Running Singularity Containers on Comet


What is Singularity?*

"Singularity enables users to have full control of their environment. Singularity containers can be used to package entire scientific workflows, software and libraries, and even data. This means that you don’t have to ask your cluster admin to install anything for you - you can put it in a Singularity container and run."

[*from the Singularity web site at]

There are numerous good tutorials on how to install and run Singularity on Linux, OS X, or Windows so we won't go into much detail on that process here. In this tutorial you will learn how to run Singularity on Comet. First we will review how to access a compute node on Comet and provide a simple example to help get you started. There are numerous tutorial on how to get started with Singularity, but there are some details specific to running Singularity on Comet which are not covered in those tutorials. This tutorial assumes you already have an account on Comet. You will also need access to a basic set of example files to get started. SDSC hosts a Github repository containing a ‘Hello world!” example which you may clone with the following command:

> git clone

Tutorial Contents

  • Why Singularity?
  • Downloading & Installing Singularity
  • Building Singularity Containers
  • Running Singularity Containers on Comet
  • Running Tensorflow on Comet Using Singularity

Why Singularity?

Below is a typical list of commands you would need to issue in order to implement a functional Python installation for scientific research:

COMMAND=apt-get -y install libx11-dev
COMMAND=apt-get install build-essential python-libdev
COMMAND=apt-get install build-essentyial openmpi-dev
COMMAND=apt-get install cmake
COMMAND=apt-get install g++
COMMAND=apt-get install git-lfs
COMMAND=apt-get install
COMMAND=apt-get install libgdal1-dev libproj-dev
COMMAND=apt-get install libjsoncpp-dev libjsoncpp0
COMMAND=apt-get install libmpich-dev --user
COMMAND=apt-get install libpthread-stubs0 libpthread-stubs0-dev libx11-dev libx11-d
COMMAND=apt-get install libudev0:i386
COMMAND=apt-get install numpy
COMMAND=apt-get install python-matplotlib
COMMAND=apt-get install python3

Singularity allows you to avoid this time-consuming series of steps by packaging these commands in a re-usable and editable script, allowing you to quickly, easily, and repeatedly implement a custom container designed specifically for your analytical needs.

The diagram below compares a VM vs. Docker vs. Singularity.

Source:Â Greg Kurtzer keynote at HPC Advisory Council 2017 @ Stanford


Hands-On Tutorials

Next, let's get some hands-on experience with Singularity. The following tutorial includes links to asciinema video tutorials created by SDSC HPC Systems Manager, Trevor Cooper (Thanks, Trevor!) which allow you to see the console interactivity and output in detail. Look for the video icon like the one shown to the right corresponding to the task you are currently working on.

Downloading & Installing Singularity

  • Download & Unpack Singularity
  • Configure & Build Singularity
  • Install & Test Singularity


Download & Unpack Singularity

First we download and upack the source using the following commands (assuming your user name is 'test_user' and you are working on your local computer with super user privileges):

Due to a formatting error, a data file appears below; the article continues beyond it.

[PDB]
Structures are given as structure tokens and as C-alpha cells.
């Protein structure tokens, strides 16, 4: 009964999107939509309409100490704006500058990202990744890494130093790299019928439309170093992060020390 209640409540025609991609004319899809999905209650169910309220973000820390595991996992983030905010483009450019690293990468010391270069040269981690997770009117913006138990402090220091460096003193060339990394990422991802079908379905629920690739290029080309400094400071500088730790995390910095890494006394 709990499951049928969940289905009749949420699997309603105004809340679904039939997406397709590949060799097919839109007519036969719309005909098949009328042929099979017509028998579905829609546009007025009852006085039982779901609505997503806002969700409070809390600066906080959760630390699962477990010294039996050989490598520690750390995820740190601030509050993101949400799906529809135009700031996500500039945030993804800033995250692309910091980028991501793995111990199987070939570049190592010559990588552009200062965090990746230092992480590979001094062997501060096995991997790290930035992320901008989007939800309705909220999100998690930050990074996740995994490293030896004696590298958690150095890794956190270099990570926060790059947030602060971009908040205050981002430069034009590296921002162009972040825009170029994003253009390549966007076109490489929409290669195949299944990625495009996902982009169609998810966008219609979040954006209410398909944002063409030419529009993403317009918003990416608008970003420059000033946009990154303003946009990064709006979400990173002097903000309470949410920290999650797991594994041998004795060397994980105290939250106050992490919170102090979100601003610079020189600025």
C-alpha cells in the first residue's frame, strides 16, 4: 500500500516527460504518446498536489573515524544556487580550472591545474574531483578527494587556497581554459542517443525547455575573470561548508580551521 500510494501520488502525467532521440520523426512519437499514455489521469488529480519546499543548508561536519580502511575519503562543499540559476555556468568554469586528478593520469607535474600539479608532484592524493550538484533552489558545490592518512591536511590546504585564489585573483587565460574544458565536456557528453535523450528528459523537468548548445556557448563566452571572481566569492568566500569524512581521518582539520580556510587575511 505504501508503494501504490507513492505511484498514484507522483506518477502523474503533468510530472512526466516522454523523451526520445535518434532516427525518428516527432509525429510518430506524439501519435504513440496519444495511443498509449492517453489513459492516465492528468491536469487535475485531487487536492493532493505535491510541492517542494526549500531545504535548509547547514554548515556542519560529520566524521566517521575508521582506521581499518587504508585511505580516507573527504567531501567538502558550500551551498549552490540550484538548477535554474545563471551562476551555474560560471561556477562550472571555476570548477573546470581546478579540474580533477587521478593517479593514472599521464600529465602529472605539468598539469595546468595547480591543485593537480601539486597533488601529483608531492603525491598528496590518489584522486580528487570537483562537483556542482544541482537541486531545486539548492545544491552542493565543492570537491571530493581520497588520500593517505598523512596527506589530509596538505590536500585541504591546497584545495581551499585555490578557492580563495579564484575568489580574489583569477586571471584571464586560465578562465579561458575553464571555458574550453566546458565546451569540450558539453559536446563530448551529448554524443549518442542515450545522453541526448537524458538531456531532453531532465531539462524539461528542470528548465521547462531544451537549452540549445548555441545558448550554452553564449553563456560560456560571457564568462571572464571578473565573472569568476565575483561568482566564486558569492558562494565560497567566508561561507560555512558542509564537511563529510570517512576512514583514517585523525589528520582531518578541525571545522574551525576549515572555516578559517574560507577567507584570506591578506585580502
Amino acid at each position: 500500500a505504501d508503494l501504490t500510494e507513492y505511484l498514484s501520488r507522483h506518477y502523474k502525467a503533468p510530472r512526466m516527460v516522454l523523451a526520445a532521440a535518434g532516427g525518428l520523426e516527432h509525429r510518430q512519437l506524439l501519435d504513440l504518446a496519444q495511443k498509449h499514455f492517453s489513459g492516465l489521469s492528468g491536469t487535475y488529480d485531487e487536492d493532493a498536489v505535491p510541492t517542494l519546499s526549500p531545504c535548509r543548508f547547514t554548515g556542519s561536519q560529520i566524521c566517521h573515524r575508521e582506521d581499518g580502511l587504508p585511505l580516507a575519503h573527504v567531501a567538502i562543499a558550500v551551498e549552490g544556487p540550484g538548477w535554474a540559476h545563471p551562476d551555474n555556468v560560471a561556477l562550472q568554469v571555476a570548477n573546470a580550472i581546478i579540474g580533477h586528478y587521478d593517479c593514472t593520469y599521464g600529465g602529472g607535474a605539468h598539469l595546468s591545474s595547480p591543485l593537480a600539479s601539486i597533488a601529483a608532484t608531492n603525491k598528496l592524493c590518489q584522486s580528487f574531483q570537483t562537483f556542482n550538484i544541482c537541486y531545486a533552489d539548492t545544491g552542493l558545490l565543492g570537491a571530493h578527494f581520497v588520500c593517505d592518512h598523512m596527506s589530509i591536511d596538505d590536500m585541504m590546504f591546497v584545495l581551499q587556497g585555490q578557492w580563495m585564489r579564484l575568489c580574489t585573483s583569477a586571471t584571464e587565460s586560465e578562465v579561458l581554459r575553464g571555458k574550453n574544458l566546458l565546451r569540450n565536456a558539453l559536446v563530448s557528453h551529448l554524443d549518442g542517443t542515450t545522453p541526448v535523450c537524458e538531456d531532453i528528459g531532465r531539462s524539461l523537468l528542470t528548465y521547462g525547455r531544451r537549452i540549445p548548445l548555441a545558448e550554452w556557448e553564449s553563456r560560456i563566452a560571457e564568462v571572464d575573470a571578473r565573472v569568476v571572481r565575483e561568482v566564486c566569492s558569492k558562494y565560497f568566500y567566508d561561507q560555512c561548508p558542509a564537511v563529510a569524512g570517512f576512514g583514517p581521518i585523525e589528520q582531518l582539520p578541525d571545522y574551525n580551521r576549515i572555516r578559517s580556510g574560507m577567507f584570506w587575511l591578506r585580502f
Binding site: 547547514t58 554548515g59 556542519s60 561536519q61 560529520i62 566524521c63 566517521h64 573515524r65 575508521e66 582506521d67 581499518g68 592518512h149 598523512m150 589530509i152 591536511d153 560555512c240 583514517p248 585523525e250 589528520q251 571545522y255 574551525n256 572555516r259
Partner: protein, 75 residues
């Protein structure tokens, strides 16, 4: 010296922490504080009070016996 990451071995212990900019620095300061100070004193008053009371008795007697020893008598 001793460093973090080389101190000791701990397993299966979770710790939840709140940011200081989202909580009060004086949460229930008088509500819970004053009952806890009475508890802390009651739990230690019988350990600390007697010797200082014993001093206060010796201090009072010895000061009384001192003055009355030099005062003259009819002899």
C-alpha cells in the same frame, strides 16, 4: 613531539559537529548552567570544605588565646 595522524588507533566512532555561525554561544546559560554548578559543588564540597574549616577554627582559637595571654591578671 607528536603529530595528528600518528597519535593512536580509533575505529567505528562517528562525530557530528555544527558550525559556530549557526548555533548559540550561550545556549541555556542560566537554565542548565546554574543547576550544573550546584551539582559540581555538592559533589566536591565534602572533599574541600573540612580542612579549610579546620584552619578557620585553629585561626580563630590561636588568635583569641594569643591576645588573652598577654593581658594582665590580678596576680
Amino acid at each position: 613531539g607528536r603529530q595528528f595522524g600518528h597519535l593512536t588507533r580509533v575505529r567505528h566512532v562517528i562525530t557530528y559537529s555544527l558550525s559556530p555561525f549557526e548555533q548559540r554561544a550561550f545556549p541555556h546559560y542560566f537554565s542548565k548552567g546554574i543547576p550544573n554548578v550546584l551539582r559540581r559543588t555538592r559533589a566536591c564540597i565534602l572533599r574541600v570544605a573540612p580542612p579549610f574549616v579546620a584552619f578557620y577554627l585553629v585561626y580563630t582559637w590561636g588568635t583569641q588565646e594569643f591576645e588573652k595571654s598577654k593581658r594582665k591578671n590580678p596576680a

[test_user@localhost ~]$ wget
tar -zxf singularity-2.3.1.tar.gz

If the file is successfully extracted, you should be able to view the results:

[test_user@localhost ~]$ cd singularity-2.3.1/
[test_user@localhost singularity-2.3.1]$ ls


Configure & Build Singularity

Next we configure and build the package. To configure, enter the following command (we'll leave out the command prompts):


To build, issue the following command:


This may take several seconds depending on your computer.

Install & Test Singularity

To complete the installation enter:

sudo make install

You should be prompted to enter your admin password.

Once the installation is completed, you can check to see if it succeeded in a few different ways:

which singularity singularity -version

You can also run a selftest with the following command:

singularity selftest

The output should look something like:

+ sh -c test -f /usr/local/etc/singularity/singularity.conf (retval=0) OK
+ test -u /usr/local/libexec/singularity/bin/action-suid (retval=0) OK
+ test -u /usr/local/libexec/singularity/bin/create-suid (retval=0) OK
+ test -u /usr/local/libexec/singularity/bin/expand-suid (retval=0) OK
+ test -u /usr/local/libexec/singularity/bin/export-suid (retval=0) OK
+ test -u /usr/local/libexec/singularity/bin/import-suid (retval=0) OK
+ test -u /usr/local/libexec/singularity/bin/mount-suid (retval=0) OK

Building Singularity Containers

The process of building a Singularity container consists of a few distinct steps as follows.

  • Create an Empty Container
  • Import into Container
  • Shell into Container
  • Write into Container
  • Bootstrap Container


We will go through each of these steps in detail.

Create an Empty Container

To create an empty Singularity container, you simply issue the following command:

singularity create centos7.img

This will create a CentOS 7 container with a default size of ~805 Mb. Depending on what additional configurations you plan to make to the container, this size may or may not be big enough. To specify a particular size, such as ~4 Gb, include the -s parameter, as shown in the following command:

singularity create -s 4096 centos7.img

To view the resulting image in a directory listing, enter the following:


Import Into a Singularity Container

Next, we will import a Docker image into our empty Singularity container:

singularity import centos7.img docker://centos:7


Shell Into a Singularity Container

Once the container actually contains a CentOS 7 installation, you can ‘shell’ into it with the following:

singularity shell centos7.img

Once you enter the container you should see a different command prompt. At this new prompt, try typing:


Your user id should be identical to your user id outside the container. However, the operating system will probably be different. Try issuing the following command from inside the container to see what the OS version is:

cat /etc/*-release

Write Into a Singularity Container

Next, let’s trying writing into the container (as root):

sudo /usr/local/bin/singularity shell -w centos7.img